Samuel Johnson (18 September 1709 – 13 December 1784), often referred to as Dr Johnson, was an English author who made lasting contributions to English literature as a poet, essayist, moralist, literary critic, biographer, editor and lexicographer. Johnson was a devout Anglican and committed Tory.
"Though grief and fondness in my breast rebel,
When injured Thales bids the town farewell,
Yet still my calmer thoughts his choice commend,
I praise the hermit, but regret the friend,
Resolved at length, from vice and London far,
To breathe in distant fields a purer air,
And, fixed on Cambria's solitary shore,
Give to St David one true Briton more."
"The growth of interest during the last two decades in a clearer understanding of the nature of Samuel Johnson's thought and of the inner workings of his discourse has so far neglected ana evidently important and distinctive feature of his writings: his frequent use and sound grasp of the concepts and idioms of traditional western methodology."
"Samuel Johnson's conversation, as it is recorded in Boswell's <i>Life</i>, is remarkable for its with and its argumentative quality, and should be analyzed in the context of a particular literary tradition, that of the literary lion performing for an audience."
In the later years of his life he became, to some extent, public property, being sought by the famous and the obscure for his advice on literary and worldly problems. The backbone of these years was his friendship with Henry and Hester Thrale, in whose houses he found comfort and a family in whose affairs he could interest himself. The conviviality of this part of his life, however - reflected in his friendships with men and women like James Boswell, Sir Joshua Reynolds, Oliver Goldsmith, Fanny Burney - masked a fear of solitude and mental anguish.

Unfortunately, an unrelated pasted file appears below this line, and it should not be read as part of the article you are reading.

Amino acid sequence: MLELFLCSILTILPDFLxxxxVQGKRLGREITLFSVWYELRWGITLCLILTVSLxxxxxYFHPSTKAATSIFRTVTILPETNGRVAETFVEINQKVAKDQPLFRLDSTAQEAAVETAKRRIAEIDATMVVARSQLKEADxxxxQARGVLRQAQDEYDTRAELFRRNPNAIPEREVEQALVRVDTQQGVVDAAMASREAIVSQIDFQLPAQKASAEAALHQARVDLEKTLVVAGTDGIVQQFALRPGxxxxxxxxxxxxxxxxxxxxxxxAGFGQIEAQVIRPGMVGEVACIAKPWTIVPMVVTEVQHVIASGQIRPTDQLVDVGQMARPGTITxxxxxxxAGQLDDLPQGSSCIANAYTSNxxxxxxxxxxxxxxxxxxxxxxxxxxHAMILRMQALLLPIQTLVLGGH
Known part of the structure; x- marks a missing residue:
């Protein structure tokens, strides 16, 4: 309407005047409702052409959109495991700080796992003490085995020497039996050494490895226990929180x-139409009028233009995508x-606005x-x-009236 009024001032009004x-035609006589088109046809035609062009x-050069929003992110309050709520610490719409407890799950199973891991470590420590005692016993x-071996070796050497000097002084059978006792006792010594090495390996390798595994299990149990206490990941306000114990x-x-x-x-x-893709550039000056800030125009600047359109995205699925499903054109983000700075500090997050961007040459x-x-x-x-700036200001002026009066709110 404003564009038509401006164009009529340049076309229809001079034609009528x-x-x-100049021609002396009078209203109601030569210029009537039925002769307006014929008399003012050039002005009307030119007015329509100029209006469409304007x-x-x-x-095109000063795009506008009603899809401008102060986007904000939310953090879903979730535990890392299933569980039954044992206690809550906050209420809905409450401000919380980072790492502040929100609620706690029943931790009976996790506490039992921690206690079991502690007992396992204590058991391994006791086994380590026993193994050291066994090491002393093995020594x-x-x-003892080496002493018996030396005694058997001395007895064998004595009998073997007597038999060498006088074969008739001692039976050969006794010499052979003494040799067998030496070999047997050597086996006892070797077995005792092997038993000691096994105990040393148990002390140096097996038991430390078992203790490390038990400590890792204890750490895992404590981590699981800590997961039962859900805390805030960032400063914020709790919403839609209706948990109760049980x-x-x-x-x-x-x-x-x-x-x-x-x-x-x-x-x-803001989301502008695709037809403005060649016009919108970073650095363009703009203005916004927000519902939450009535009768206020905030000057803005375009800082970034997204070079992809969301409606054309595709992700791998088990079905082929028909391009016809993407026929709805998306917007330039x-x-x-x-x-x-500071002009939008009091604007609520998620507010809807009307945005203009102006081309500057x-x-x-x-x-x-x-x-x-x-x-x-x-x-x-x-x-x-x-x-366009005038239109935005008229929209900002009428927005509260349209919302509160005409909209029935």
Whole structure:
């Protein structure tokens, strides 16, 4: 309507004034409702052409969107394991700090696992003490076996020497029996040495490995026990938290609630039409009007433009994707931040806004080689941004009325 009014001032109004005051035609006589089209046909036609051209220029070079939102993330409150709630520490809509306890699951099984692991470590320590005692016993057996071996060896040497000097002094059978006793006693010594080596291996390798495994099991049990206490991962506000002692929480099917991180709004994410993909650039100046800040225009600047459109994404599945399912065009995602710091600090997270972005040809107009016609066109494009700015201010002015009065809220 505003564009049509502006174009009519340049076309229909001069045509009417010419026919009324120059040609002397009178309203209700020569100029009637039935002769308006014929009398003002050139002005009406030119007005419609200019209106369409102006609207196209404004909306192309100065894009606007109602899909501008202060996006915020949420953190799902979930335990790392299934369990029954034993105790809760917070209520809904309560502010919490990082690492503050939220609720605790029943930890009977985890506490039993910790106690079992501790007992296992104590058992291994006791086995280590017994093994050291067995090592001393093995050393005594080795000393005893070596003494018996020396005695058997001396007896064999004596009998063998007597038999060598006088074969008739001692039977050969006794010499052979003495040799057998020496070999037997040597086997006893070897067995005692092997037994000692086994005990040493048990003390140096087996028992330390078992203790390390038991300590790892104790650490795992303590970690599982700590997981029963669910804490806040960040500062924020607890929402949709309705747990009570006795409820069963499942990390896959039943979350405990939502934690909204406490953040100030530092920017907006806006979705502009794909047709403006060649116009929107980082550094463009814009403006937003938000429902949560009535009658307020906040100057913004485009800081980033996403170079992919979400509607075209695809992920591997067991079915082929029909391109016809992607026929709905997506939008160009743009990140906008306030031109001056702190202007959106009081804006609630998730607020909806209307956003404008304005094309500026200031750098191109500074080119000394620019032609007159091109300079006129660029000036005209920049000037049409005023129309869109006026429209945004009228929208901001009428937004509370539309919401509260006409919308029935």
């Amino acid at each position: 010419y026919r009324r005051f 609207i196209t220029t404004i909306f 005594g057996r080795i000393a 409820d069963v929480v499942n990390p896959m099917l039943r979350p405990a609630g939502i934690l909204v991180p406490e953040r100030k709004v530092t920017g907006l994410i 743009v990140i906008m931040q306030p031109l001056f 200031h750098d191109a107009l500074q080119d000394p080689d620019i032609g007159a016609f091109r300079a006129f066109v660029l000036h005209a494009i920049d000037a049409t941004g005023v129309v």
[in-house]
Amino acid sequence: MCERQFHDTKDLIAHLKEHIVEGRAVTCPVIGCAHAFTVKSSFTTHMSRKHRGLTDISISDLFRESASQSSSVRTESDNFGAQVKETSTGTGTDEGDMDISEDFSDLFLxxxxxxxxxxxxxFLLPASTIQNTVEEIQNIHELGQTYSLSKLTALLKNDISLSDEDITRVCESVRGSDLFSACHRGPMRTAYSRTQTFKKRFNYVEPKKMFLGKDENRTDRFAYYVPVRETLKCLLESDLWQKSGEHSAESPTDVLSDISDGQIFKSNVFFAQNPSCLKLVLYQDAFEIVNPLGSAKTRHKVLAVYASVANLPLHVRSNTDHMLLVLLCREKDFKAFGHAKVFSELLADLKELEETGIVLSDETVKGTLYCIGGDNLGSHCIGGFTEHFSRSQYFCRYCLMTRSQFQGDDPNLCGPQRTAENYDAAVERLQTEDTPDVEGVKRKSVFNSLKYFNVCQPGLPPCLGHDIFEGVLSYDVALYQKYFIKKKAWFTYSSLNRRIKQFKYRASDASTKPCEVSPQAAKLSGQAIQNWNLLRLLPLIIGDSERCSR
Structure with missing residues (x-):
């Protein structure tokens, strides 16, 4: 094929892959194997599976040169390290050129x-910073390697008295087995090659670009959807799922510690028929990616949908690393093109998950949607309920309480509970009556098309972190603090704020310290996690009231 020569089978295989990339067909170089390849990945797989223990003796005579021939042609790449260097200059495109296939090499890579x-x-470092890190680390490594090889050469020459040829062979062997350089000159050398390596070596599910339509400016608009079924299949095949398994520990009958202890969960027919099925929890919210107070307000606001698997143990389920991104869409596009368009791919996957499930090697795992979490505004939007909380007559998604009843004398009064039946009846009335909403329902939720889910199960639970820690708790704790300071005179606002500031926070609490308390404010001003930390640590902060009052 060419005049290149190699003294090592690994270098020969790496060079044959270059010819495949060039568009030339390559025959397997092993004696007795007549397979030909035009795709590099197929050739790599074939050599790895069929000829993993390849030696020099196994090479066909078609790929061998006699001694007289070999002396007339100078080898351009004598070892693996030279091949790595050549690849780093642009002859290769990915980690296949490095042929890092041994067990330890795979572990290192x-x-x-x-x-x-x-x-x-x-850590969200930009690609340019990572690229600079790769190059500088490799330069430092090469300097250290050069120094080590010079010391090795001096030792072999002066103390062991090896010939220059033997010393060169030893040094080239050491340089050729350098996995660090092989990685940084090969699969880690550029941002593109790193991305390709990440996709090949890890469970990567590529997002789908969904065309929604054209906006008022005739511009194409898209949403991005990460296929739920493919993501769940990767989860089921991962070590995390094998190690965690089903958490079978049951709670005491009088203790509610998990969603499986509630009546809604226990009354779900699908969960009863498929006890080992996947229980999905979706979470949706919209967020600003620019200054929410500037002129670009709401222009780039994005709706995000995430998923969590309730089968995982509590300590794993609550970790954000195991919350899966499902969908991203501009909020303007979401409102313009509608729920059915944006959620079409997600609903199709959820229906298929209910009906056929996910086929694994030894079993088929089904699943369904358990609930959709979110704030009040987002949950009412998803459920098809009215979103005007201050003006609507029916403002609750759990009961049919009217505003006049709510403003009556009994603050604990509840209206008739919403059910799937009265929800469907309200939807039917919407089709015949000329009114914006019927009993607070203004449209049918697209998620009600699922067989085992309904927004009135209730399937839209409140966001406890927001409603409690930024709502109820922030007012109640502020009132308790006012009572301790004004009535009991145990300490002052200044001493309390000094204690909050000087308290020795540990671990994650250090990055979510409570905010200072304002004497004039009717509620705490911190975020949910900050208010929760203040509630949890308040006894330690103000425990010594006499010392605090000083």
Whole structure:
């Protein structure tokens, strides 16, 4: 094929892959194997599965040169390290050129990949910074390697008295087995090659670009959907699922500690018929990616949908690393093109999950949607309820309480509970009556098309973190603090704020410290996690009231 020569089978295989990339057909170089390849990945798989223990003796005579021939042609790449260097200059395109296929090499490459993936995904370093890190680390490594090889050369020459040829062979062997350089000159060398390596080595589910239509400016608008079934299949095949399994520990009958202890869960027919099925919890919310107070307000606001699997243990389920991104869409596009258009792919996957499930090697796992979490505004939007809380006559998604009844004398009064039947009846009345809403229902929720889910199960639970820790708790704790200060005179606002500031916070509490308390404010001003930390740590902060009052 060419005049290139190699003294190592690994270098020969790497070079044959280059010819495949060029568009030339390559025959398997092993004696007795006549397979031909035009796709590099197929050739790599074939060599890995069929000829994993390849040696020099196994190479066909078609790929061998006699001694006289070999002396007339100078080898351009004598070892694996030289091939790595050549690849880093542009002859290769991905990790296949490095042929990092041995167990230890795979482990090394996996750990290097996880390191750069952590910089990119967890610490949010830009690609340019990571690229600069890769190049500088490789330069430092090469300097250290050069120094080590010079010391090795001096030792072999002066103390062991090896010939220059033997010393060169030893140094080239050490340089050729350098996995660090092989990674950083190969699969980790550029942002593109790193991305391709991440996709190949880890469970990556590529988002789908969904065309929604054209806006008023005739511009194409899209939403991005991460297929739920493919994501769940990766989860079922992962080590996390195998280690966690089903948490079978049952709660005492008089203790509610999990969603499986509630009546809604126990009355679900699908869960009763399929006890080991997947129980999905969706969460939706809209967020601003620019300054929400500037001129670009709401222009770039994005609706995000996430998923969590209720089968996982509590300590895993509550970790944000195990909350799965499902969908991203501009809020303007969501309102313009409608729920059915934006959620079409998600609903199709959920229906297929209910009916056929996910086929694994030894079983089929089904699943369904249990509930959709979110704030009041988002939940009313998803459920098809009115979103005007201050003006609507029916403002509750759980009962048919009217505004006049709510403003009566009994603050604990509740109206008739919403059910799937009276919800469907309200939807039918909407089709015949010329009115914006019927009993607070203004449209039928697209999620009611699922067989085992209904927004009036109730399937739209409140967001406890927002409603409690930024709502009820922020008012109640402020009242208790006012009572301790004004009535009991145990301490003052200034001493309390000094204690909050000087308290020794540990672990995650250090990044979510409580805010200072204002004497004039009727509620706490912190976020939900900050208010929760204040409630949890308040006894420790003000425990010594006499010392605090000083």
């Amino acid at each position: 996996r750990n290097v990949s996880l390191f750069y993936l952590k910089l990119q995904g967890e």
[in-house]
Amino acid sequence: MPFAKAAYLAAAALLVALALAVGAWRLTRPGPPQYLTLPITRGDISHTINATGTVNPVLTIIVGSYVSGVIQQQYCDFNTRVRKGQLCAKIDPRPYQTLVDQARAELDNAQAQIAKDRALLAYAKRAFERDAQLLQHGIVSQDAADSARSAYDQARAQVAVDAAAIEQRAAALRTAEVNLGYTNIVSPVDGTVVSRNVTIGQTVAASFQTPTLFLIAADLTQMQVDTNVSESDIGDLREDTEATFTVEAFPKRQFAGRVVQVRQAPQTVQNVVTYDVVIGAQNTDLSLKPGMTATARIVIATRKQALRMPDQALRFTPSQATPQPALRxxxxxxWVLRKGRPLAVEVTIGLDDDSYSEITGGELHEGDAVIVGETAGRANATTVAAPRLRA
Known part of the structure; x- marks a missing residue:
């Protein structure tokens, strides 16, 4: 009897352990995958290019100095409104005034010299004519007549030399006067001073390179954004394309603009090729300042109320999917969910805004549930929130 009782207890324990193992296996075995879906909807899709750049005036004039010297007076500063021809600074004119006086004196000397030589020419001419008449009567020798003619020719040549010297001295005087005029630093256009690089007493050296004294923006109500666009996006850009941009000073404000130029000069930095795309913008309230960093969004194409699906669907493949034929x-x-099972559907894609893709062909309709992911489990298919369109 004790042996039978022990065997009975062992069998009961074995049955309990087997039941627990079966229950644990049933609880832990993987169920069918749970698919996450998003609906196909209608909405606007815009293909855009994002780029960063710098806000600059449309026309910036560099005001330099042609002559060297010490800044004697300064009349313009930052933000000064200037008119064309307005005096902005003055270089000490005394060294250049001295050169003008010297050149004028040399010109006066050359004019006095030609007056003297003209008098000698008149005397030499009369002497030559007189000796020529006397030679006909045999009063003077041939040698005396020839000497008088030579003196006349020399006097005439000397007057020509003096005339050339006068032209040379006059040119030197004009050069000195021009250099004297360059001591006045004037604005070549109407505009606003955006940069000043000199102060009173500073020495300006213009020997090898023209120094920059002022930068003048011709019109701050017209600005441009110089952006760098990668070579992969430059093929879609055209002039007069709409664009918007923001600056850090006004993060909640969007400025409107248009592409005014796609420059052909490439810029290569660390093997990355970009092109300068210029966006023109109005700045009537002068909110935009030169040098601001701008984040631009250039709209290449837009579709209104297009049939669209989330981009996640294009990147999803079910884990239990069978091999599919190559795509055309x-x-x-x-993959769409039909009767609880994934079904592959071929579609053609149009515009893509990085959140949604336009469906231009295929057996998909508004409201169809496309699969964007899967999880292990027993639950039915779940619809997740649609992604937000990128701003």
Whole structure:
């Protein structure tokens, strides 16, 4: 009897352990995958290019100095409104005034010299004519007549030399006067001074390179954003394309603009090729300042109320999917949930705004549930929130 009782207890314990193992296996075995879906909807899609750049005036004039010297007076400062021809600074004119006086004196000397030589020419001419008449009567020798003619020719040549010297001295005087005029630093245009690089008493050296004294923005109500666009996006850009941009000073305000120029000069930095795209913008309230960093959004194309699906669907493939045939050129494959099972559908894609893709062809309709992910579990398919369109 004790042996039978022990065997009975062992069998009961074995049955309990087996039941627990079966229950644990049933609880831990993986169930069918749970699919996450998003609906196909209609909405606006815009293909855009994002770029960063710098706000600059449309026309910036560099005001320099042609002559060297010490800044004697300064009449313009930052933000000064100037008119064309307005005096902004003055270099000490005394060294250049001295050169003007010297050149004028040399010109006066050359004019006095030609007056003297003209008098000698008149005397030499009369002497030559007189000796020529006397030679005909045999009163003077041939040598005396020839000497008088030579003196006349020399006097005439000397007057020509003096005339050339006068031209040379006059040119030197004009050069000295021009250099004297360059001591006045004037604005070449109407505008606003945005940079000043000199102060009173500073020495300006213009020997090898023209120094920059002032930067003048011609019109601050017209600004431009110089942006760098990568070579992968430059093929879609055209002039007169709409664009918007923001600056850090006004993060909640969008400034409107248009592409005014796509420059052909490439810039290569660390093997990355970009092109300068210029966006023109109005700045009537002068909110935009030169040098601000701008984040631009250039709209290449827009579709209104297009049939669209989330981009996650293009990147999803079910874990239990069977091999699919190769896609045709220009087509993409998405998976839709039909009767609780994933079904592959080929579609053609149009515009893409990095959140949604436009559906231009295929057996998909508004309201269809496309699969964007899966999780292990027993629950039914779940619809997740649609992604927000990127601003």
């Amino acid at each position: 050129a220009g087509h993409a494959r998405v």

In 1763, he met James Boswell, a young Scottish lawyer, whose 'Life of Johnson' (published in 1791) did much to spread Johnson's name. In 1773, Johnson and Boswell set out on a three-month tour of the Scottish Highlands and the Hebrides. Both wrote accounts of their travels. Johnson spent considerable time in Edinburgh in the 1770s.
In 1762 the government awarded Johnson a pension of three hundred pounds a year for his services to literature. The pension freed him from the endless hackwork on which he had been forced to labor for so long, giving him financial security at last.
After an unsuccessful attempt at being a schoolmaster he came to London to make his fortune in 1737, with his friend David Garrick (the famous actor who is buried next to him).
He was educated at Lichfield Grammar School and spent a brief period at Oxford University, but was forced to leave due to lack of money. Unable to find teaching work, he drifted into a writing career. In 1735, he married Elizabeth Porter, a widow more than 20 years his senior.
He worked for nine years on his <i>Dictionary of the English Language</i> (1755), Britain's premier dictionary for 150 years. Other works of his include <i>The Life of Richard Savage</i>, a biography and the short fable <i>Rasselas</i>. James Boswell's <i>Life of Johnson</i> is an impressive account of the writer's years.
Samuel Johnson, the premier English literary figure of the mid- and late eighteenth century, was a writer of exceptional range: a poet, a lexicographer, a translator, a journalist and essayist, a travel writer, a biographer, an editor, and a critic.